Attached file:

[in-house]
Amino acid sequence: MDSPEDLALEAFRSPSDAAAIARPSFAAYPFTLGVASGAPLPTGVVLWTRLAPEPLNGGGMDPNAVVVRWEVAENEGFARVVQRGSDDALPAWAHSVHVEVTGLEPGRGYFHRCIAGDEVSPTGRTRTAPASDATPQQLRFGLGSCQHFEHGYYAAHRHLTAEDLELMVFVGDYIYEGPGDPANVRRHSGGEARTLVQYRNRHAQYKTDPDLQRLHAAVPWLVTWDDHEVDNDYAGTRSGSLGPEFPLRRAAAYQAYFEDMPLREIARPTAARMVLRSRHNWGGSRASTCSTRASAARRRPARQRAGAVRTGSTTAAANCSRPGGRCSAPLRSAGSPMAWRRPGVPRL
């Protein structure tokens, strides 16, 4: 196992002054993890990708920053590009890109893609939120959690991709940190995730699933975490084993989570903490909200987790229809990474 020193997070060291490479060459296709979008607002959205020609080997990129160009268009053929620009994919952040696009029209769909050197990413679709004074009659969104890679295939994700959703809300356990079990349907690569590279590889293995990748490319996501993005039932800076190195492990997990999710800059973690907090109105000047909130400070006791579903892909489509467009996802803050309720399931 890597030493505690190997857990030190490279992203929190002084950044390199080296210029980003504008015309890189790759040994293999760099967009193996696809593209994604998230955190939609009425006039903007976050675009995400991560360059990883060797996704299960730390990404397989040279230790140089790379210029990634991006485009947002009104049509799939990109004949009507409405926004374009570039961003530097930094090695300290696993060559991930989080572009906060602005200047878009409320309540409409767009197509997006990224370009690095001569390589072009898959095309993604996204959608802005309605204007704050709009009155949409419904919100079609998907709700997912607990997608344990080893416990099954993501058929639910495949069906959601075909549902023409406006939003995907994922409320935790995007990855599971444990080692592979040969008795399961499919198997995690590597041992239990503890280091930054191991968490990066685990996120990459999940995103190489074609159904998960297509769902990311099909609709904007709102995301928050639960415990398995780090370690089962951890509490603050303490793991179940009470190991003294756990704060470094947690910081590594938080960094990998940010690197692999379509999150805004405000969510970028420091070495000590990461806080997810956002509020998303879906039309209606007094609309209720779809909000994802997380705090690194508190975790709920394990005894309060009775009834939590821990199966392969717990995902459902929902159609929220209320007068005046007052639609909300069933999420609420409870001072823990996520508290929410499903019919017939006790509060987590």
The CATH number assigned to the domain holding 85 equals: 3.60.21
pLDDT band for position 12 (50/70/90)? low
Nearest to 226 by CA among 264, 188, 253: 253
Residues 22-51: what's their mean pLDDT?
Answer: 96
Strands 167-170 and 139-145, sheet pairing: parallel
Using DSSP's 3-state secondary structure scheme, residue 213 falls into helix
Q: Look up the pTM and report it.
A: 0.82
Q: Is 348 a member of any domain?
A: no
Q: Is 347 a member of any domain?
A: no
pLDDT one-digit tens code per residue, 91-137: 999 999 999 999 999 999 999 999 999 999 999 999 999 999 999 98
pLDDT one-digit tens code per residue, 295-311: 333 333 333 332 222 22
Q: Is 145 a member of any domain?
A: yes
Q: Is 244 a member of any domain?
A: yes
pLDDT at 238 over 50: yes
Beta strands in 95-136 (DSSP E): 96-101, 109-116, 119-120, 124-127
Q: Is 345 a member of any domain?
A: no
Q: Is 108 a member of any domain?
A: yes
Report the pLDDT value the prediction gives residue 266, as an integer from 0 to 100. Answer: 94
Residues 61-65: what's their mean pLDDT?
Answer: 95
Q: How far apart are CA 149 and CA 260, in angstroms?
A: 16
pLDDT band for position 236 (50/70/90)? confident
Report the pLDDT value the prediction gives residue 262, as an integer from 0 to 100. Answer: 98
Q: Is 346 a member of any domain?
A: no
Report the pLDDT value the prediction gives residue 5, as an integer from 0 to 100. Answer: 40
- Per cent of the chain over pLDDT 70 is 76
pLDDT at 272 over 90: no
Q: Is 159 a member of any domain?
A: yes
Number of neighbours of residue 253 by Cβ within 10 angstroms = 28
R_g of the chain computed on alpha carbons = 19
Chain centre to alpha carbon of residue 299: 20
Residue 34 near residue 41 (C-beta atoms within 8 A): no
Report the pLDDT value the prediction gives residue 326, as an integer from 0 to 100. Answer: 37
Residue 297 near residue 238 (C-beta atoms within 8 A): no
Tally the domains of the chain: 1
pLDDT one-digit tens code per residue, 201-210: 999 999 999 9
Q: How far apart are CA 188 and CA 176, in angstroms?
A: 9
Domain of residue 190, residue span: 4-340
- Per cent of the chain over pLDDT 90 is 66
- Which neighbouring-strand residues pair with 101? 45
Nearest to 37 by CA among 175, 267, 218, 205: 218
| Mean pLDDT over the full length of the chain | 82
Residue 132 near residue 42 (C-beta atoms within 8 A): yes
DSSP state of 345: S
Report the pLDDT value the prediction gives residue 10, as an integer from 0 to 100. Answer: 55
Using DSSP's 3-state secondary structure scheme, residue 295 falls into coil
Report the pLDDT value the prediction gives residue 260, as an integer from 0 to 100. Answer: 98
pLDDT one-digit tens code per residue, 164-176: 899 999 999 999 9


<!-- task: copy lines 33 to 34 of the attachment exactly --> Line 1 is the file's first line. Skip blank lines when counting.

A: 16
pLDDT band for position 236 (50/70/90)? confident